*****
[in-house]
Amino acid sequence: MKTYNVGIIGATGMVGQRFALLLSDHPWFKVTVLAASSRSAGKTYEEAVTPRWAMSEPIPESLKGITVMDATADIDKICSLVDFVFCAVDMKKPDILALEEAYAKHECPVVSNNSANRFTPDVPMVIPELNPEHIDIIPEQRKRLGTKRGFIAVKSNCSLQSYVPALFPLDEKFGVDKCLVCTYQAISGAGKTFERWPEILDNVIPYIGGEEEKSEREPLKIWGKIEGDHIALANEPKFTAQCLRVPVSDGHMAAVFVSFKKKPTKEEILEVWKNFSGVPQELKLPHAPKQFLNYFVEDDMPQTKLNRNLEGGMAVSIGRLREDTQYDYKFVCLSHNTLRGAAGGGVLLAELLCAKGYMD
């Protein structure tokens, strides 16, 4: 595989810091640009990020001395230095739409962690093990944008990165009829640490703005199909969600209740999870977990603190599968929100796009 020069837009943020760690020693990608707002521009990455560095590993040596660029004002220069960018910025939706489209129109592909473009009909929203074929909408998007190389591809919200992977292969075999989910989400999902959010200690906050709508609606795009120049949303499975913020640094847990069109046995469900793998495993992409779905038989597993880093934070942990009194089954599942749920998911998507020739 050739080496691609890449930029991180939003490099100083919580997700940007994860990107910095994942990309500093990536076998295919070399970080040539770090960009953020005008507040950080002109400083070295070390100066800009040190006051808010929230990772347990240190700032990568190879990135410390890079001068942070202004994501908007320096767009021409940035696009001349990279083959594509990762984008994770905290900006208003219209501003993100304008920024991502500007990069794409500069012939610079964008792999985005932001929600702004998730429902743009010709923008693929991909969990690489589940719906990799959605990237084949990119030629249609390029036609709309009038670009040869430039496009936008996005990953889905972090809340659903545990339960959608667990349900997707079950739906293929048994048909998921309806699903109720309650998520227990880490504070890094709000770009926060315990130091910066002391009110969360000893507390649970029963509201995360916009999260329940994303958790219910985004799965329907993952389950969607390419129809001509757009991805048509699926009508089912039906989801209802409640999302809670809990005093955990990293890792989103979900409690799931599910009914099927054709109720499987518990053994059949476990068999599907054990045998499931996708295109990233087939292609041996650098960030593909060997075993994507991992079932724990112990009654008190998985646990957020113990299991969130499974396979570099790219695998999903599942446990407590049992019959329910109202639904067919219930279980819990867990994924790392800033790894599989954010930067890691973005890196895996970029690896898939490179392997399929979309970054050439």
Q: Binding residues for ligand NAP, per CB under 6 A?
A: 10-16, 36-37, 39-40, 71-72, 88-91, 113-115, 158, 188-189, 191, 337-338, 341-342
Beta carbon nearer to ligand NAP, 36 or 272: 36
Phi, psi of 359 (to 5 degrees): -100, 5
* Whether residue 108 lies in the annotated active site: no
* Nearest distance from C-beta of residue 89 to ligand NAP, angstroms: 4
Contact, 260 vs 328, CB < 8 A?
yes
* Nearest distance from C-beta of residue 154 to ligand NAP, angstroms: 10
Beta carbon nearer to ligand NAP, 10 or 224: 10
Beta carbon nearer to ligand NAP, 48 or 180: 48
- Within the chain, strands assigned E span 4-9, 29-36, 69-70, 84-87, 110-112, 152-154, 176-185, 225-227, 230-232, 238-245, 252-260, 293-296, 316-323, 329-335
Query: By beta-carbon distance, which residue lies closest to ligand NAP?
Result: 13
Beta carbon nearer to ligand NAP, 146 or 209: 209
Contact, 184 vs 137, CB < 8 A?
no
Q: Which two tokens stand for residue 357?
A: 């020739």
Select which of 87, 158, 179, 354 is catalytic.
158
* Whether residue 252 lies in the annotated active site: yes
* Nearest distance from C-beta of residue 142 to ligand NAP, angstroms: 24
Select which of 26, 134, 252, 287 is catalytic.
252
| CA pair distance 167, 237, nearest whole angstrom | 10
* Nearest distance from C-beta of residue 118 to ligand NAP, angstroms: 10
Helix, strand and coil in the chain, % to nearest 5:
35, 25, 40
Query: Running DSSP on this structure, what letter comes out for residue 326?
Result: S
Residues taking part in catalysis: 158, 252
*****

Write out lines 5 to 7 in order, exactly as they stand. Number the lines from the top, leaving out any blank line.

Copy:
A: 10-16, 36-37, 39-40, 71-72, 88-91, 113-115, 158, 188-189, 191, 337-338, 341-342
Beta carbon nearer to ligand NAP, 36 or 272: 36
Phi, psi of 359 (to 5 degrees): -100, 5